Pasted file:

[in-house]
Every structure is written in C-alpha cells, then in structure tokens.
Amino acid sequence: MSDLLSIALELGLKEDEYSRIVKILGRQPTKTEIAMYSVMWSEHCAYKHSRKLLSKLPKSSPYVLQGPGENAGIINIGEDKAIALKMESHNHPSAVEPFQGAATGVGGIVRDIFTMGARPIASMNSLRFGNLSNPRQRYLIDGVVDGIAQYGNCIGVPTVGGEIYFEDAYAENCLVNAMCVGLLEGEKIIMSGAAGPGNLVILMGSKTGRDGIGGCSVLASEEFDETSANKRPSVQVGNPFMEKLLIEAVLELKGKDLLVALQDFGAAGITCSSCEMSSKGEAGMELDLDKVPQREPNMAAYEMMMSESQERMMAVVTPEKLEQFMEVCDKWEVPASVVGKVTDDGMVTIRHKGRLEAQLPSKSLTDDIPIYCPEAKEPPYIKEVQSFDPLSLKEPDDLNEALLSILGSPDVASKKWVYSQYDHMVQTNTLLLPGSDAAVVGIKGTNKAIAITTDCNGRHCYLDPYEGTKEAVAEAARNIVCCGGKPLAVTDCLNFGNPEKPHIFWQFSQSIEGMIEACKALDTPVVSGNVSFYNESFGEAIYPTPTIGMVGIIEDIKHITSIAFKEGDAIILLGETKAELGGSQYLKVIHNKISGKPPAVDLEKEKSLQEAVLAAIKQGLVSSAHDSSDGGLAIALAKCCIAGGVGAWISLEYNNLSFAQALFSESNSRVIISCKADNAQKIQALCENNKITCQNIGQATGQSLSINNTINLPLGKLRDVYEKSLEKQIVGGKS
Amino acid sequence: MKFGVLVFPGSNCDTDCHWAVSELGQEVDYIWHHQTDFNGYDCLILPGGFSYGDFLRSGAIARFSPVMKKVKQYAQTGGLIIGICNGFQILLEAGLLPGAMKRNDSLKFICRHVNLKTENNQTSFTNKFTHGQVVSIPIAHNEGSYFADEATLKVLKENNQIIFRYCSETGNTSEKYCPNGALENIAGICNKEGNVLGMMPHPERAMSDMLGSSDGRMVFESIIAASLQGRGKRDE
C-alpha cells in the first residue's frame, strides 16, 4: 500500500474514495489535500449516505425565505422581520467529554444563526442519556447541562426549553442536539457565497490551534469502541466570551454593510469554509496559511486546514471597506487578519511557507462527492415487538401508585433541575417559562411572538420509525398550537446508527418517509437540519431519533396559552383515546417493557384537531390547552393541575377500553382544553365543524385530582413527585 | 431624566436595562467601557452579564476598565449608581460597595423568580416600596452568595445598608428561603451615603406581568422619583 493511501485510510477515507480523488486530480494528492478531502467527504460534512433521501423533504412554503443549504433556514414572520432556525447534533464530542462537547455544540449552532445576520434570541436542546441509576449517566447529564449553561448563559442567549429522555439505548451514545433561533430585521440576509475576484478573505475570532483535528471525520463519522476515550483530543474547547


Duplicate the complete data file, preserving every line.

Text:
[in-house]
Every structure is written in C-alpha cells, then in structure tokens.
Amino acid sequence: MSDLLSIALELGLKEDEYSRIVKILGRQPTKTEIAMYSVMWSEHCAYKHSRKLLSKLPKSSPYVLQGPGENAGIINIGEDKAIALKMESHNHPSAVEPFQGAATGVGGIVRDIFTMGARPIASMNSLRFGNLSNPRQRYLIDGVVDGIAQYGNCIGVPTVGGEIYFEDAYAENCLVNAMCVGLLEGEKIIMSGAAGPGNLVILMGSKTGRDGIGGCSVLASEEFDETSANKRPSVQVGNPFMEKLLIEAVLELKGKDLLVALQDFGAAGITCSSCEMSSKGEAGMELDLDKVPQREPNMAAYEMMMSESQERMMAVVTPEKLEQFMEVCDKWEVPASVVGKVTDDGMVTIRHKGRLEAQLPSKSLTDDIPIYCPEAKEPPYIKEVQSFDPLSLKEPDDLNEALLSILGSPDVASKKWVYSQYDHMVQTNTLLLPGSDAAVVGIKGTNKAIAITTDCNGRHCYLDPYEGTKEAVAEAARNIVCCGGKPLAVTDCLNFGNPEKPHIFWQFSQSIEGMIEACKALDTPVVSGNVSFYNESFGEAIYPTPTIGMVGIIEDIKHITSIAFKEGDAIILLGETKAELGGSQYLKVIHNKISGKPPAVDLEKEKSLQEAVLAAIKQGLVSSAHDSSDGGLAIALAKCCIAGGVGAWISLEYNNLSFAQALFSESNSRVIISCKADNAQKIQALCENNKITCQNIGQATGQSLSINNTINLPLGKLRDVYEKSLEKQIVGGKS
Amino acid sequence: MKFGVLVFPGSNCDTDCHWAVSELGQEVDYIWHHQTDFNGYDCLILPGGFSYGDFLRSGAIARFSPVMKKVKQYAQTGGLIIGICNGFQILLEAGLLPGAMKRNDSLKFICRHVNLKTENNQTSFTNKFTHGQVVSIPIAHNEGSYFADEATLKVLKENNQIIFRYCSETGNTSEKYCPNGALENIAGICNKEGNVLGMMPHPERAMSDMLGSSDGRMVFESIIAASLQGRGKRDE
C-alpha cells in the first residue's frame, strides 16, 4: 500500500474514495489535500449516505425565505422581520467529554444563526442519556447541562426549553442536539457565497490551534469502541466570551454593510469554509496559511486546514471597506487578519511557507462527492415487538401508585433541575417559562411572538420509525398550537446508527418517509437540519431519533396559552383515546417493557384537531390547552393541575377500553382544553365543524385530582413527585 | 431624566436595562467601557452579564476598565449608581460597595423568580416600596452568595445598608428561603451615603406581568422619583 493511501485510510477515507480523488486530480494528492478531502467527504460534512433521501423533504412554503443549504433556514414572520432556525447534533464530542462537547455544540449552532445576520434570541436542546441509576449517566447529564449553561448563559442567549429522555439505548451514545433561533430585521440576509475576484478573505475570532483535528471525520463519522476515550483530543474547547